The image that I posted is a streetview of the railroad crossing at 48th and Lincoln. Thats in the heart of Globeville. The other images and map links being posted are of places outside of Globeville. I believe my image is representative of railroad tracks in that area. Do you want be to post more? They will all look pretty much the same. Single tracks, not even any warning lights.
I guess the huge collection of tracks is just east of "Globeville" proper, my mistake. But good grief, I-25 was built in 1958, 56 years ago. People born that year are now senior citizens. I-70 was built 50 years ago. I said earlier, I can't defend it, but good grief, maybe in all this time they could have figured out how to unify the neighborhood despite the freaking highway!
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Old 03-10-2014, 04:41 PM
 
Location: North Beach, MD on the Chesapeake
33,875 posts, read 42,085,992 times
Reputation: 43276
Quote:
Originally Posted by Katiana View Post
I guess the huge collection of tracks is just east of "Globeville" proper, my mistake. But good grief, I-25 was built in 1958, 56 years ago. People born that year are now senior citizens. I-70 was built 50 years ago. I said earlier, I can't defend it, but good grief, maybe in all this time they could have figured out how to unify the neighborhood despite the freaking highway!
I was born in 1954 and am not a senior citizen. Yet.

Kat, I think what we're sort of working against is that many of the posters don't realize that a lot of these roads which they don't like for various reasons, were designed and built decades a go (as you noted about I 25). The concern for neighborhoods or walkability wasn't present then. The main idea, because many of the roads were built for national defense reasons, was to build the quickest and cheapest route between Points A and B.
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Old 03-10-2014, 04:48 PM
 
Location: Coos Bay, Oregon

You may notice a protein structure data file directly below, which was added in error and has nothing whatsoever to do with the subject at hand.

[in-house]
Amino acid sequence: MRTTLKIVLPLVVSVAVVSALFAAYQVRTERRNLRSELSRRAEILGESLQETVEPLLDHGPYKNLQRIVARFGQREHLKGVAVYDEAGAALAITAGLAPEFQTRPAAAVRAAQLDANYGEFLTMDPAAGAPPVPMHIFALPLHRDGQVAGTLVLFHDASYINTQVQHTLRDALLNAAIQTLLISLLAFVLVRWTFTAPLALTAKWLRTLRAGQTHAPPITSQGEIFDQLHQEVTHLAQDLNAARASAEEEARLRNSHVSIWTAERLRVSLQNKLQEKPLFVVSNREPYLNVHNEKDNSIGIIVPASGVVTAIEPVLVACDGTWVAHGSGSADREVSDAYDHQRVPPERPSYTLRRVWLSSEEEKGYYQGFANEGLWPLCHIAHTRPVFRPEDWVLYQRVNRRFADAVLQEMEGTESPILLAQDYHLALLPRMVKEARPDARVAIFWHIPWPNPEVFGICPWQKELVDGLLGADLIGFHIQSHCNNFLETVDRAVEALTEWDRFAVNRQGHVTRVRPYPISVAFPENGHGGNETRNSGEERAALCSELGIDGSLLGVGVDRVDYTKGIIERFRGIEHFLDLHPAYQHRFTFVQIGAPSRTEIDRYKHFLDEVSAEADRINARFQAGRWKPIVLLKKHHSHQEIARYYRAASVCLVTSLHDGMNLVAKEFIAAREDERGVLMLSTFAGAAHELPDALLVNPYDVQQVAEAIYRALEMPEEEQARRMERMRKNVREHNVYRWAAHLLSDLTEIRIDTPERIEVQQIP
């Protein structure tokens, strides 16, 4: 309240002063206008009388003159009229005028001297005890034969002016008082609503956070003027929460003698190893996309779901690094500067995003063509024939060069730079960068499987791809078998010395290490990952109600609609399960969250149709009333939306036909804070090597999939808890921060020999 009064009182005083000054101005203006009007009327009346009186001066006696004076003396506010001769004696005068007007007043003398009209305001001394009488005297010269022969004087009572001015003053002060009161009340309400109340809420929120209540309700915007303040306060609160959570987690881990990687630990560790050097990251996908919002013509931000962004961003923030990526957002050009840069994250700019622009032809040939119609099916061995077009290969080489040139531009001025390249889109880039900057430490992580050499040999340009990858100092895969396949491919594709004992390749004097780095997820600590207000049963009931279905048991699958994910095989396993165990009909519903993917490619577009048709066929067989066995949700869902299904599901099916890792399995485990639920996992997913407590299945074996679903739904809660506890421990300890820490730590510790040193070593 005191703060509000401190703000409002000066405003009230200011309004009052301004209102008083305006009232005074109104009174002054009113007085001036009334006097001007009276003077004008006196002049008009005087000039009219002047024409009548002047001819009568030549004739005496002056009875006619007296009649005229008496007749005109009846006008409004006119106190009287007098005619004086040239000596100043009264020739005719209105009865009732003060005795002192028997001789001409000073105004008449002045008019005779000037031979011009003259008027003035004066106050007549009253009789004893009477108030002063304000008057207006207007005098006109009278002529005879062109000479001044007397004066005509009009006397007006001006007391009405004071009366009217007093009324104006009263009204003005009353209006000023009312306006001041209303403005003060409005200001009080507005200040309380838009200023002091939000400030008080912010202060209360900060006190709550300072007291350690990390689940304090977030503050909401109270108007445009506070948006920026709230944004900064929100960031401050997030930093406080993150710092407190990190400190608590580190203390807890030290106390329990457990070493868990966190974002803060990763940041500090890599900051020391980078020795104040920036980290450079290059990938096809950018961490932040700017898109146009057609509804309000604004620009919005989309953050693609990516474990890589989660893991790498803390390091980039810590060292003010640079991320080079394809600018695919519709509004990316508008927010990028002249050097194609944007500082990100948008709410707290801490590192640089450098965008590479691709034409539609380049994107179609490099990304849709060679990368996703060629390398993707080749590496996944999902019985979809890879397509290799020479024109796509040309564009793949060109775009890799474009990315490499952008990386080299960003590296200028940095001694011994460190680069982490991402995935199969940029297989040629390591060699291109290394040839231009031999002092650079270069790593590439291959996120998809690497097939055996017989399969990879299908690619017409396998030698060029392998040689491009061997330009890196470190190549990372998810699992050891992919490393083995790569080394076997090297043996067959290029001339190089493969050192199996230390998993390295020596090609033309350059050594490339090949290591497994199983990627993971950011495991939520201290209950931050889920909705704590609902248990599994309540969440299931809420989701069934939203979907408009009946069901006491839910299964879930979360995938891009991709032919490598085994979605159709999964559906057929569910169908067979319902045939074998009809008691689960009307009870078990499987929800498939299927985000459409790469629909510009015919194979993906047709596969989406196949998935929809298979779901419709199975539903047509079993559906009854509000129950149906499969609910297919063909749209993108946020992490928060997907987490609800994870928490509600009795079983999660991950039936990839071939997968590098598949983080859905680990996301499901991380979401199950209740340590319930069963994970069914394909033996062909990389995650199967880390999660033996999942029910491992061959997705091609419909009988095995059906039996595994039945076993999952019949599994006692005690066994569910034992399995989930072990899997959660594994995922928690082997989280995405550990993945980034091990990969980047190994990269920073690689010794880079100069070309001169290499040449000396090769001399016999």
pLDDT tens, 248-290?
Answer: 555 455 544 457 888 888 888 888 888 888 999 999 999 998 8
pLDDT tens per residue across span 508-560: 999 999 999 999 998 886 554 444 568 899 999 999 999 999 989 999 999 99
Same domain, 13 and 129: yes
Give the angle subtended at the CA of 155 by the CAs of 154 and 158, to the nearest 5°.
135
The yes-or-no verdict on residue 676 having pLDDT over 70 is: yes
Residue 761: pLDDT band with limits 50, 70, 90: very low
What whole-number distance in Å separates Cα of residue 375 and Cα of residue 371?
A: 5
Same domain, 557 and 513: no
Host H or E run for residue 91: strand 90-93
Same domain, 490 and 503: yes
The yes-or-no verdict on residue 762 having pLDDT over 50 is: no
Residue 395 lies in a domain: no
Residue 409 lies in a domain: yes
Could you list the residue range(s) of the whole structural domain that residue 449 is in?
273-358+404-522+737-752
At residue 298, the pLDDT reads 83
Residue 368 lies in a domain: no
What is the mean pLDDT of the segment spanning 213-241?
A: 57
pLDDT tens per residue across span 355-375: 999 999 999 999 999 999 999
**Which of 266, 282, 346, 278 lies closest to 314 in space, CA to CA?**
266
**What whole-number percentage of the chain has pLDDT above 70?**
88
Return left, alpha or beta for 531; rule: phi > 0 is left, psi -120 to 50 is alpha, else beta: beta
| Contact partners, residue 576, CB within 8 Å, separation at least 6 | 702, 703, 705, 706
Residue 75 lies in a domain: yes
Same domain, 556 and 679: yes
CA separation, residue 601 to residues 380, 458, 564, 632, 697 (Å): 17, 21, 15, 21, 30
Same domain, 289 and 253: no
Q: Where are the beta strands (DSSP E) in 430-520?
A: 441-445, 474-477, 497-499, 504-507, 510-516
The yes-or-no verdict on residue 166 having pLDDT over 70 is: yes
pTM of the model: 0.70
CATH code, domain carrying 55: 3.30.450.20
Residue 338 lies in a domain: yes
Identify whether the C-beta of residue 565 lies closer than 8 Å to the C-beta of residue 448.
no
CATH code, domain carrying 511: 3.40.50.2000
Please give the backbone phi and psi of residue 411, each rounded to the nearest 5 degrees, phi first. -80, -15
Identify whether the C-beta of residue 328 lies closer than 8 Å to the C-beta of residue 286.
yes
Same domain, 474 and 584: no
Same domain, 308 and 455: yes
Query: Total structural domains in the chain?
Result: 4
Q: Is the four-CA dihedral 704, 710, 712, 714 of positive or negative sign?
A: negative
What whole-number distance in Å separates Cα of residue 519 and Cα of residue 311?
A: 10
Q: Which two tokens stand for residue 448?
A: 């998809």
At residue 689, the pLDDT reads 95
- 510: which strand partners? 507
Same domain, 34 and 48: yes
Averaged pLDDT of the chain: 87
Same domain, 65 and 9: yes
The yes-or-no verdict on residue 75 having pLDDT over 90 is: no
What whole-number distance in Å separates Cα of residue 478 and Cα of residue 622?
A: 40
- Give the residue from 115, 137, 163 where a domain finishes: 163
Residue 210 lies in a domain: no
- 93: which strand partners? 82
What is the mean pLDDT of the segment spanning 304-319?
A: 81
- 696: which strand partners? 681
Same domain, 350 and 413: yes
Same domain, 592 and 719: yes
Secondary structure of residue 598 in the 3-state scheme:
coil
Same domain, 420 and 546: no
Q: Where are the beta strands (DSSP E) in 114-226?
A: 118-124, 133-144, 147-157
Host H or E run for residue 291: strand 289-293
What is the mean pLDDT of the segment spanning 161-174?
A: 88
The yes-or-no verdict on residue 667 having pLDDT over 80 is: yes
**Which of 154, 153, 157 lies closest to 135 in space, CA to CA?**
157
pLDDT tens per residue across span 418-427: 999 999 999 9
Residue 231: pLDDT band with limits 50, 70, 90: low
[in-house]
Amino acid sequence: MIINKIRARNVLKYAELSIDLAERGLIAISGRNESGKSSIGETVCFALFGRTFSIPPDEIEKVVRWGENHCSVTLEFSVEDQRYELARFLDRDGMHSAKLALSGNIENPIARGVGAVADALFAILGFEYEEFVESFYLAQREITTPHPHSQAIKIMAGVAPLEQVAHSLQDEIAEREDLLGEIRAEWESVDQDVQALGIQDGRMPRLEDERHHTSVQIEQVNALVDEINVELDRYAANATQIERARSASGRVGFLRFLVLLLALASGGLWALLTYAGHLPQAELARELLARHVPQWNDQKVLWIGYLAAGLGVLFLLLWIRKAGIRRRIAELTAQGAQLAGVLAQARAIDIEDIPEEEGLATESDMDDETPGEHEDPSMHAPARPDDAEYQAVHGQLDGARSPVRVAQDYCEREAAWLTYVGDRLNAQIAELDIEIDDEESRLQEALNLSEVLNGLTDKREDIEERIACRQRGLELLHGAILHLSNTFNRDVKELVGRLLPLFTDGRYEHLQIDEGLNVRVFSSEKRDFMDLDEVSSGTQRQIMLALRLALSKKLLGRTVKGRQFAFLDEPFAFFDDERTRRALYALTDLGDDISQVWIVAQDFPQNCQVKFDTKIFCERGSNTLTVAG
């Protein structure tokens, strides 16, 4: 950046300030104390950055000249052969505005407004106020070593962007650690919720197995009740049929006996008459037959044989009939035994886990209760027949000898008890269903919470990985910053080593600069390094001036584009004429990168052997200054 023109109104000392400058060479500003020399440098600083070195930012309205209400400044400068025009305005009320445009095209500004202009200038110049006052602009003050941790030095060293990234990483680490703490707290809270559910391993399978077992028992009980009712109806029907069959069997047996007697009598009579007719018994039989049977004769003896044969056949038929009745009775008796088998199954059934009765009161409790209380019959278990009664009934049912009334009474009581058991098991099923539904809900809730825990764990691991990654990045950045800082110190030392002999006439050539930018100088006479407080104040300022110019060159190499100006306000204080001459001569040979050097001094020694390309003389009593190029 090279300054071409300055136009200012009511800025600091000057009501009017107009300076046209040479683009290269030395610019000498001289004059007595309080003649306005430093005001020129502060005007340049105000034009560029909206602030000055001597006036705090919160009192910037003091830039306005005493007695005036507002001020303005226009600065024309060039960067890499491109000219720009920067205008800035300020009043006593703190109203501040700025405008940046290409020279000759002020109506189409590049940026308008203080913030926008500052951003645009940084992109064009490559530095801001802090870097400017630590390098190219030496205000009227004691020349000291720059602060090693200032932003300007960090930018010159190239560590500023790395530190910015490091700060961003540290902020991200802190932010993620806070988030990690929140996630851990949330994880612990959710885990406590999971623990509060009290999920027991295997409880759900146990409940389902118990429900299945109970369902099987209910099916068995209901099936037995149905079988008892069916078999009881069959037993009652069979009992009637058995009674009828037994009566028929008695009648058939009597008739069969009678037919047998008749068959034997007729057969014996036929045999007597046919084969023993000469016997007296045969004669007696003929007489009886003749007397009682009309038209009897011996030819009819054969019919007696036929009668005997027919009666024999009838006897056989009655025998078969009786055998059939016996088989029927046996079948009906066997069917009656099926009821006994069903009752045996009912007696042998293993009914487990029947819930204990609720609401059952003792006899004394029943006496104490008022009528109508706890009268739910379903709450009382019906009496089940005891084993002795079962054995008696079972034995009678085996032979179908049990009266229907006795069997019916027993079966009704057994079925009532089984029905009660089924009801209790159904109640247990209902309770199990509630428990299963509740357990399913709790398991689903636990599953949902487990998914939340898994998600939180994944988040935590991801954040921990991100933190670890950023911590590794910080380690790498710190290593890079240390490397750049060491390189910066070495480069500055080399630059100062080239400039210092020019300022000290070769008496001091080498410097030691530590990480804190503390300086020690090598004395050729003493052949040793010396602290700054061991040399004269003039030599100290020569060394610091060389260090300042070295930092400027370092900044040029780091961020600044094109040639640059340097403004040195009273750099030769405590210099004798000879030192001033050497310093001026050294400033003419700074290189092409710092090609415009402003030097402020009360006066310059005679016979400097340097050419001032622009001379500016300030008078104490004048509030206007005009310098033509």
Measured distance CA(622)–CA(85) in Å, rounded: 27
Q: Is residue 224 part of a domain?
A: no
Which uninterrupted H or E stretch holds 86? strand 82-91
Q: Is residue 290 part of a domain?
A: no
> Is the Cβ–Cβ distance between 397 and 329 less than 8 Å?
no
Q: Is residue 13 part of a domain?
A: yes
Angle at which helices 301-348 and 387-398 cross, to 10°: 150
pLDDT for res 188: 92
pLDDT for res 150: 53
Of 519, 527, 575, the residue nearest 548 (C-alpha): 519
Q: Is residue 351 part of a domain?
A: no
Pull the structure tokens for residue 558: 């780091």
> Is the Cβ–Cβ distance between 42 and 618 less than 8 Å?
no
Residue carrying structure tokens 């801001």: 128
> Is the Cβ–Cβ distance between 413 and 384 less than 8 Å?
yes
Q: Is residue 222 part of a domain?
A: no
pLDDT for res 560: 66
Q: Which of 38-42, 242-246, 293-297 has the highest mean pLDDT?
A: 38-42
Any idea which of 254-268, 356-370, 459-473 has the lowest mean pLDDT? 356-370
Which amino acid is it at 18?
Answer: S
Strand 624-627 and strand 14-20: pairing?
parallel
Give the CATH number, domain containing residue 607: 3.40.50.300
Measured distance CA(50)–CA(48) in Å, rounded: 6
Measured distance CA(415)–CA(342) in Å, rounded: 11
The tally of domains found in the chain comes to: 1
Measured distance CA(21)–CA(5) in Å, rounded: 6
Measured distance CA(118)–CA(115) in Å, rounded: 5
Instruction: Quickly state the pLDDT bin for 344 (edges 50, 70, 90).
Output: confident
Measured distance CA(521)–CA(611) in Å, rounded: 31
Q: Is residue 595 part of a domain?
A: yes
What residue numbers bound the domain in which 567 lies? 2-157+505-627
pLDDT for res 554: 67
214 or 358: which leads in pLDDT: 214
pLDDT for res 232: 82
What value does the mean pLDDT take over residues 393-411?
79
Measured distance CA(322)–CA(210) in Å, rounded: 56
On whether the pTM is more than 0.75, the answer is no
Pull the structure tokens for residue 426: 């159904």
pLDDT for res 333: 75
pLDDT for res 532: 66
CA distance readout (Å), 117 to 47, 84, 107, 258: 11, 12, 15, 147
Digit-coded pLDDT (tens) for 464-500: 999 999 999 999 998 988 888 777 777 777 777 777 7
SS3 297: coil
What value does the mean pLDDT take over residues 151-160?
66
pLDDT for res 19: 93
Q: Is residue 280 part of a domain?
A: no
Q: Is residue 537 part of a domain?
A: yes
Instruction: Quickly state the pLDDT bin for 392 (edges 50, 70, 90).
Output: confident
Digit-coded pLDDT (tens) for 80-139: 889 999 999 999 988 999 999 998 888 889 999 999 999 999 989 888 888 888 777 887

7,142 posts, read 8,874,211 times
Reputation: 7732
For the record, here is the boundaries of Globeville. I think most people should be able to see that Globeville's problem is freeways, not railroad tracks. The tracks are around the edges of the neighborhood. The interstates cut right through the middle.

https://maps.google.com/maps?q=Globe...orado&t=m&z=14
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Old 03-10-2014, 04:48 PM
Status: "Summer!" (set 15 days ago)
 
Location: Foot of the Rockies
86,981 posts, read 102,540,351 times
Reputation: 33045
Quote:
Originally Posted by North Beach Person View Post
I was born in 1954 and am not a senior citizen. Yet.

Kat, I think what we're sort of working against is that many of the posters don't realize that a lot of these roads which they don't like for various reasons, were designed and built decades a go (as you noted about I 25). The concern for neighborhoods or walkability wasn't present then. The main idea, because many of the roads were built for national defense reasons, was to build the quickest and cheapest route between Points A and B.
Hey, I'm older than you! But yeah, these whippersnappers look at everything with 20/20 hindsight.

Last edited by Katarina Witt; 03-10-2014 at 04:57 PM..
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Old 03-10-2014, 04:53 PM
 
Location: Coos Bay, Oregon
7,142 posts, read 8,874,211 times
Reputation: 7732
Quote:
Originally Posted by Katiana View Post
I guess the huge collection of tracks is just east of "Globeville" proper, my mistake. But good grief, I-25 was built in 1958, 56 years ago. People born that year are now senior citizens. I-70 was built 50 years ago. I said earlier, I can't defend it, but good grief, maybe in all this time they could have figured out how to unify the neighborhood despite the freaking highway!
How do you unify a neighborhood divided with 20 foot high walls?
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Old 03-10-2014, 04:57 PM
Status: "Summer!" (set 15 days ago)
 
Location: Foot of the Rockies
86,981 posts, read 102,540,351 times
Reputation: 33045
Quote:
Originally Posted by KaaBoom View Post
How do you unify a neighborhood divided with 20 foot high walls?
There are some underpasses and overpasses there. It's not like the neighborhood is entirely cut off from the rest of the city.
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Old 03-10-2014, 05:06 PM
 
8,328 posts, read 14,556,250 times
Reputation: 4048
Of course, the neighborhood should just naturally regenerate, the same way that people's legs grow back after they are amputated!

Last edited by nei; 03-10-2014 at 06:24 PM..